If there is one wine producing region most guilty of runaway price inflation (and there are a few), then it is probably Bordeaux. The commodification of this (still) heralded wine has rendered most of its great names inaccessible to all but the wealthiest collectors, BUT hope remains…
While prices in Burgundy are driven by high demand on exceptionally limited supply (for the best grand and 1er crus at least), the Chateaux of Bordeaux actually produce quite a large number of bottles. The classified ‘growths’ are so well regarded for their ability to age for decades, that their popularity has turned them into a commodity to be traded like stocks (futures anyone?) and their prestige attracts those wishing to show off rather than enjoy the darn bottle. The attraction of Bordeaux to wealthy citizens of the world, including more recently China and Japan, has also been stoked aggressively by the Bordelaise, helping to drive up demand among people for whom money is no object.
That cynical rant aside, there are still some remarkable cru bourgeois and even some 4th and 5th growth Bordeaux wines that remain firmly in the relative value territory. Today we try two Haut-Medoc wines, one that trades for < $20 and one ~ $30 in most vintages. What’s extraordinary about these delightful wines (besides being reasonably priced) is that they have all the legendary longevity of great Bordeaux, offering a fascinating evolution that will please for 20 years at least.
The story goes that Lanessan was not included in the 1855 classification because the proprietor simply did not want to send in free samples to the committee. Their loss, but our gain. Lanessan trades in the mid-teens on release, and given their large production, lots of matured bottles occasionally appear in major outlets like K&L. A new oenologist was brought in starting with the 2015 vintage, and while critical reception has been highly positive (best Lanessan ever, and that sort of thing), the jury is still out as to whether or not it will maintain its classic, age-worthy Bordeaux character.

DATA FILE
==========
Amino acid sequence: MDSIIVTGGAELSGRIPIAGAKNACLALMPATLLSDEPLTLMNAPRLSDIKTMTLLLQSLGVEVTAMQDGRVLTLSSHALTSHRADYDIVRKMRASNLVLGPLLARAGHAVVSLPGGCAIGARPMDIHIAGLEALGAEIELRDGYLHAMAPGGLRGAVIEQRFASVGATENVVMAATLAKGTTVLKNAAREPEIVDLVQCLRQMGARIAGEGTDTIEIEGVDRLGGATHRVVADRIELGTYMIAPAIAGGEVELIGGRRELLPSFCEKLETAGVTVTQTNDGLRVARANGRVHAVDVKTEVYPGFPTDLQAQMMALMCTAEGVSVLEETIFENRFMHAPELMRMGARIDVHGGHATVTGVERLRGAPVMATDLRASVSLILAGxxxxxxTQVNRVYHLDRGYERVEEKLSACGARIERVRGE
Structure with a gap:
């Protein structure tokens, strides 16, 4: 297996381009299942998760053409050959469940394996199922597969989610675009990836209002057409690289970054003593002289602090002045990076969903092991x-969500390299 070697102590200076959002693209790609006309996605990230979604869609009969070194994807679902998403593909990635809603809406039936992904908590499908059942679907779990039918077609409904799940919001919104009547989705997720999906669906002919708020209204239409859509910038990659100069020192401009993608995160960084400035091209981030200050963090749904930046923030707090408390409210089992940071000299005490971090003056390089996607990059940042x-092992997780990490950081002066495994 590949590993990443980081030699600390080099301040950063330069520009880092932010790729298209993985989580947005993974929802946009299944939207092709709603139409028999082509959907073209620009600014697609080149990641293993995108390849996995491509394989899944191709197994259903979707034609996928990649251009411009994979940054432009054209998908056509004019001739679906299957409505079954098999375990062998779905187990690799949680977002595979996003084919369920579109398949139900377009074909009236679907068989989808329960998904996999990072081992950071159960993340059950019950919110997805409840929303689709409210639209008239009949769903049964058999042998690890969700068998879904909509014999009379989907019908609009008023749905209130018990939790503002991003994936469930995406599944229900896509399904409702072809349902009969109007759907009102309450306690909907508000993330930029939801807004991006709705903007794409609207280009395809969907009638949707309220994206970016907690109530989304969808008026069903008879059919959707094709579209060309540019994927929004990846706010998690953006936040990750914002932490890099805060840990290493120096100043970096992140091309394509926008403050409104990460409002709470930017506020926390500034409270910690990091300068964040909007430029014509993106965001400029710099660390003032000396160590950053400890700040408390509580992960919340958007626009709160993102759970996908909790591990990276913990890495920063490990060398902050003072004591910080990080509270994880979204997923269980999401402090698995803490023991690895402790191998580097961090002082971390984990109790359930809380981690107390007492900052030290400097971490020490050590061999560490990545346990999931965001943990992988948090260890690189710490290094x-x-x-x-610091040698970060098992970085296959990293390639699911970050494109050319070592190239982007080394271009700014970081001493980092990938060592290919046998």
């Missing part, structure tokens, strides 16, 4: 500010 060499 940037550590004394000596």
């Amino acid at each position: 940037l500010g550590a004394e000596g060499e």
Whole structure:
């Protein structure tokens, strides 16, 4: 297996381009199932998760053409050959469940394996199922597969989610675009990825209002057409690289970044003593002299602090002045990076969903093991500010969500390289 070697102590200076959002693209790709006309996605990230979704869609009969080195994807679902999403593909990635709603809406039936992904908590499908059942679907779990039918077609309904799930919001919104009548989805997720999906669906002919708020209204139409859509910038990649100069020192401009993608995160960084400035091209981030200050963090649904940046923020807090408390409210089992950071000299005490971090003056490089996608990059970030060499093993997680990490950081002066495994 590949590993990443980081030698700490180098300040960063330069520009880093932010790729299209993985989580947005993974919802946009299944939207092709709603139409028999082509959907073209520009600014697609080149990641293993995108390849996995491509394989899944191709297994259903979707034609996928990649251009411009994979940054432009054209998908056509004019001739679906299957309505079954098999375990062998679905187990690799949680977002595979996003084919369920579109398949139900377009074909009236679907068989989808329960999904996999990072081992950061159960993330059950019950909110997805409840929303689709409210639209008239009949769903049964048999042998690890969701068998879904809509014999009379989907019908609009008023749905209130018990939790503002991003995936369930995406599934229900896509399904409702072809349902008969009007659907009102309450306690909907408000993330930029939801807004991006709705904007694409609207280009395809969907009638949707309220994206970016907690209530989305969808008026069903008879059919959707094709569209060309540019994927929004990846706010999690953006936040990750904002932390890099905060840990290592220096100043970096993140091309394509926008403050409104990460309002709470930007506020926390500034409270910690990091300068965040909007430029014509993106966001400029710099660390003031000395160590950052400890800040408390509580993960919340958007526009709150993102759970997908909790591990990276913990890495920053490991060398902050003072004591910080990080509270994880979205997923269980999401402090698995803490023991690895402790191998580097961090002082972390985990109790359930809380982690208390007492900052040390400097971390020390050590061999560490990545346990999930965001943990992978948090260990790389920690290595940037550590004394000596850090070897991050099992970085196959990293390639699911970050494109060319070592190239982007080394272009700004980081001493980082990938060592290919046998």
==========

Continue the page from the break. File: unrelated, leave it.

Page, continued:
Color was healthy and young, a rich velvet red. Nose was a bit weedy on opening, but fleshed out with air though green tobacco and herbs were quite dominant with only a modest underpinning of red fruit making itself known. Palate was medium bodied with relatively light ripe tannin and still good freshness. On day two, a hearty smoky quality dominated. Pleasant with dinner but needs five more years for my taste.
Beautifully intact. Nice mature color, nose of green tobacco, purple flowers, leather, small red fruits, and earth. Palate has just enough freshness remaining, tannins are integrated, and it is tasty and smooth. I was surprised that there was fruit left, but it had a nice red berry quality mixed with the mature notes. Peak drinking for mature claret. $19.99!!
Another classic Cru Bourgeois for under 20$, is Senejac. Typically more accessible than Lanessan, it show classic Medoc fruit that is much softer and less structured than Lanessan, but quite traditionally styled with appropriate tannin. 2014 was a very good year for traditional Bordeaux. Not overripe, it appealed to long-time fans of particular Chateaus who appreciate a more restrained style.
Nice young Bordeaux, showing good typicity and some accessibility at this age. Nose is fresh earth, green tobacco, resin, dark fruits, and smoke, palate is medium fresh, silky smooth/ripe tannin and dark cherry/blackberry fruits. Nice structure for medium term aging, up to ten years at least, less built than Lanessan or Cantemerle at this stage. Quite nice now decanted if you like a bit of oomph. Still plenty of freshness to suggest it will age well for another ten years.
The only classified growth in my tasting today, Cantemerle was accidentally left off the 1855 list due to a clerical error, which was corrected in 1856. Fortunately today, Cantemerle is a classic Medoc wine that is not only immensely pleasing to drink but will age gracefully for decades. At ~ $30 for all but the most outstanding vintages (2010), (and even then only after the scores are released), it is a very reasonable addition to the cellar.
Tight as a drum of course. Left open for a few hours, then double decanted and left for a few hours more. At this point it started to show some nice aromas of red fruit, licorice, and oak while the palate broadened into a rich and powerful texture. The tannin was surprisingly ripe and pleasing though the oak unsurprisingly not integrated. Even after another day it improved showing rich spiced red fruit character and well balanced acid. A very very classy Medoc that will age handsomely for 20+ years.